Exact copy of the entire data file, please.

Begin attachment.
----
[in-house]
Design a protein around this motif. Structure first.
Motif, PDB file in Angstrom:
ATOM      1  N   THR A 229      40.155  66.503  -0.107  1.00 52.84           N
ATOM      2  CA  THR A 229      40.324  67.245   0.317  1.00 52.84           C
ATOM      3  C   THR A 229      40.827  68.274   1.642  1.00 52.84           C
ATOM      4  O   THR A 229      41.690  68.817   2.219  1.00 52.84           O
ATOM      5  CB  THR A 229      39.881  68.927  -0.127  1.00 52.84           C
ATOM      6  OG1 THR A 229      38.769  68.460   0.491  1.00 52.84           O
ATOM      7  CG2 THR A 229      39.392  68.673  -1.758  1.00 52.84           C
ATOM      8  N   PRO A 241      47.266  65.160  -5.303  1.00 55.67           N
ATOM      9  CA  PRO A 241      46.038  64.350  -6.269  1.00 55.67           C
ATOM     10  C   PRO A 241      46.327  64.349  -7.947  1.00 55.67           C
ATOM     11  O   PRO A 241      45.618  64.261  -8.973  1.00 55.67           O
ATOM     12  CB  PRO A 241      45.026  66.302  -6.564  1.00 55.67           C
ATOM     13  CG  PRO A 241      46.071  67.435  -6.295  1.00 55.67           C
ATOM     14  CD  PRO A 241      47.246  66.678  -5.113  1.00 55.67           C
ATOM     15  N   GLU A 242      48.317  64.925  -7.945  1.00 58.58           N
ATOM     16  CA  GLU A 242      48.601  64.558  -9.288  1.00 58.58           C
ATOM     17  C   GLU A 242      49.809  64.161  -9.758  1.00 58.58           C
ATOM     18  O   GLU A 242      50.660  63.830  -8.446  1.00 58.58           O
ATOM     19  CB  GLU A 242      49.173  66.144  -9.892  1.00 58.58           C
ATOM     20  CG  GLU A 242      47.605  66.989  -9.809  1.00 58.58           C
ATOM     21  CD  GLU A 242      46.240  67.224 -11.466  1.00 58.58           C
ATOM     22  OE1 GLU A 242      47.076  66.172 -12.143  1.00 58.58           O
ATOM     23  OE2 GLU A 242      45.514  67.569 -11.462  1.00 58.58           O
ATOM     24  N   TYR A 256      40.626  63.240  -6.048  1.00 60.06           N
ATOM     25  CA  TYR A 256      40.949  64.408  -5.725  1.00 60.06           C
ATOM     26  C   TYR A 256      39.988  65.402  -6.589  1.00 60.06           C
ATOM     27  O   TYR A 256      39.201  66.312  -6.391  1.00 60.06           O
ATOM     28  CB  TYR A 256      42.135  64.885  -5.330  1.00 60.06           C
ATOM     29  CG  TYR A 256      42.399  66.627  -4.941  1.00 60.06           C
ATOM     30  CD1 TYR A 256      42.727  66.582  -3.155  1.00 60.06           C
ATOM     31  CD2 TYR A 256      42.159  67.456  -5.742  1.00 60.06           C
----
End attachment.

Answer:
[in-house]
Design a protein around this motif. Structure first.
Motif, PDB file in Angstrom:
ATOM      1  N   THR A 229      40.155  66.503  -0.107  1.00 52.84           N
ATOM      2  CA  THR A 229      40.324  67.245   0.317  1.00 52.84           C
ATOM      3  C   THR A 229      40.827  68.274   1.642  1.00 52.84           C
ATOM      4  O   THR A 229      41.690  68.817   2.219  1.00 52.84           O
ATOM      5  CB  THR A 229      39.881  68.927  -0.127  1.00 52.84           C
ATOM      6  OG1 THR A 229      38.769  68.460   0.491  1.00 52.84           O
ATOM      7  CG2 THR A 229      39.392  68.673  -1.758  1.00 52.84           C
ATOM      8  N   PRO A 241      47.266  65.160  -5.303  1.00 55.67           N
ATOM      9  CA  PRO A 241      46.038  64.350  -6.269  1.00 55.67           C
ATOM     10  C   PRO A 241      46.327  64.349  -7.947  1.00 55.67           C
ATOM     11  O   PRO A 241      45.618  64.261  -8.973  1.00 55.67           O
ATOM     12  CB  PRO A 241      45.026  66.302  -6.564  1.00 55.67           C
ATOM     13  CG  PRO A 241      46.071  67.435  -6.295  1.00 55.67           C
ATOM     14  CD  PRO A 241      47.246  66.678  -5.113  1.00 55.67           C
ATOM     15  N   GLU A 242      48.317  64.925  -7.945  1.00 58.58           N
ATOM     16  CA  GLU A 242      48.601  64.558  -9.288  1.00 58.58           C
ATOM     17  C   GLU A 242      49.809  64.161  -9.758  1.00 58.58           C
ATOM     18  O   GLU A 242      50.660  63.830  -8.446  1.00 58.58           O
ATOM     19  CB  GLU A 242      49.173  66.144  -9.892  1.00 58.58           C
ATOM     20  CG  GLU A 242      47.605  66.989  -9.809  1.00 58.58           C
ATOM     21  CD  GLU A 242      46.240  67.224 -11.466  1.00 58.58           C
ATOM     22  OE1 GLU A 242      47.076  66.172 -12.143  1.00 58.58           O
ATOM     23  OE2 GLU A 242      45.514  67.569 -11.462  1.00 58.58           O
ATOM     24  N   TYR A 256      40.626  63.240  -6.048  1.00 60.06           N
ATOM     25  CA  TYR A 256      40.949  64.408  -5.725  1.00 60.06           C
ATOM     26  C   TYR A 256      39.988  65.402  -6.589  1.00 60.06           C
ATOM     27  O   TYR A 256      39.201  66.312  -6.391  1.00 60.06           O
ATOM     28  CB  TYR A 256      42.135  64.885  -5.330  1.00 60.06           C
ATOM     29  CG  TYR A 256      42.399  66.627  -4.941  1.00 60.06           C
ATOM     30  CD1 TYR A 256      42.727  66.582  -3.155  1.00 60.06           C
ATOM     31  CD2 TYR A 256      42.159  67.456  -5.742  1.00 60.06           C